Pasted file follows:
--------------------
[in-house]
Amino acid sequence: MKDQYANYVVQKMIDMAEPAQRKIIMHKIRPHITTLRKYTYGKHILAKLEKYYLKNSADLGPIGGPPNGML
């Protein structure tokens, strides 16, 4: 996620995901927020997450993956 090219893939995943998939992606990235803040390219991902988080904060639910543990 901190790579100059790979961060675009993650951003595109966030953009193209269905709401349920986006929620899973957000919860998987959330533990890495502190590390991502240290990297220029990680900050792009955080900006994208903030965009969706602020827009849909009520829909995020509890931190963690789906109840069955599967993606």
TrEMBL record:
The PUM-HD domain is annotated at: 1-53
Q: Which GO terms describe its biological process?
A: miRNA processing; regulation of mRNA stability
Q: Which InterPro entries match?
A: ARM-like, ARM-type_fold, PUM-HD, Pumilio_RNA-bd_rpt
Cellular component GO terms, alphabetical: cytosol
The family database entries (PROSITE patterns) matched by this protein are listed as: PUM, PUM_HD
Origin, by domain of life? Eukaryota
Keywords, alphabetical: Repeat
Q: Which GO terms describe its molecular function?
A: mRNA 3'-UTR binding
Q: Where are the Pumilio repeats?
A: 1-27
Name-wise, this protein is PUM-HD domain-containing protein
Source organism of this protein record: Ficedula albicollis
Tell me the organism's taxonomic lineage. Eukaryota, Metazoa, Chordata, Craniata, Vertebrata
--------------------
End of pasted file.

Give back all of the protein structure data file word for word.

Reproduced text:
[in-house]
Amino acid sequence: MKDQYANYVVQKMIDMAEPAQRKIIMHKIRPHITTLRKYTYGKHILAKLEKYYLKNSADLGPIGGPPNGML
């Protein structure tokens, strides 16, 4: 996620995901927020997450993956 090219893939995943998939992606990235803040390219991902988080904060639910543990 901190790579100059790979961060675009993650951003595109966030953009193209269905709401349920986006929620899973957000919860998987959330533990890495502190590390991502240290990297220029990680900050792009955080900006994208903030965009969706602020827009849909009520829909995020509890931190963690789906109840069955599967993606």
TrEMBL record:
The PUM-HD domain is annotated at: 1-53
Q: Which GO terms describe its biological process?
A: miRNA processing; regulation of mRNA stability
Q: Which InterPro entries match?
A: ARM-like, ARM-type_fold, PUM-HD, Pumilio_RNA-bd_rpt
Cellular component GO terms, alphabetical: cytosol
The family database entries (PROSITE patterns) matched by this protein are listed as: PUM, PUM_HD
Origin, by domain of life? Eukaryota
Keywords, alphabetical: Repeat
Q: Which GO terms describe its molecular function?
A: mRNA 3'-UTR binding
Q: Where are the Pumilio repeats?
A: 1-27
Name-wise, this protein is PUM-HD domain-containing protein
Source organism of this protein record: Ficedula albicollis
Tell me the organism's taxonomic lineage. Eukaryota, Metazoa, Chordata, Craniata, Vertebrata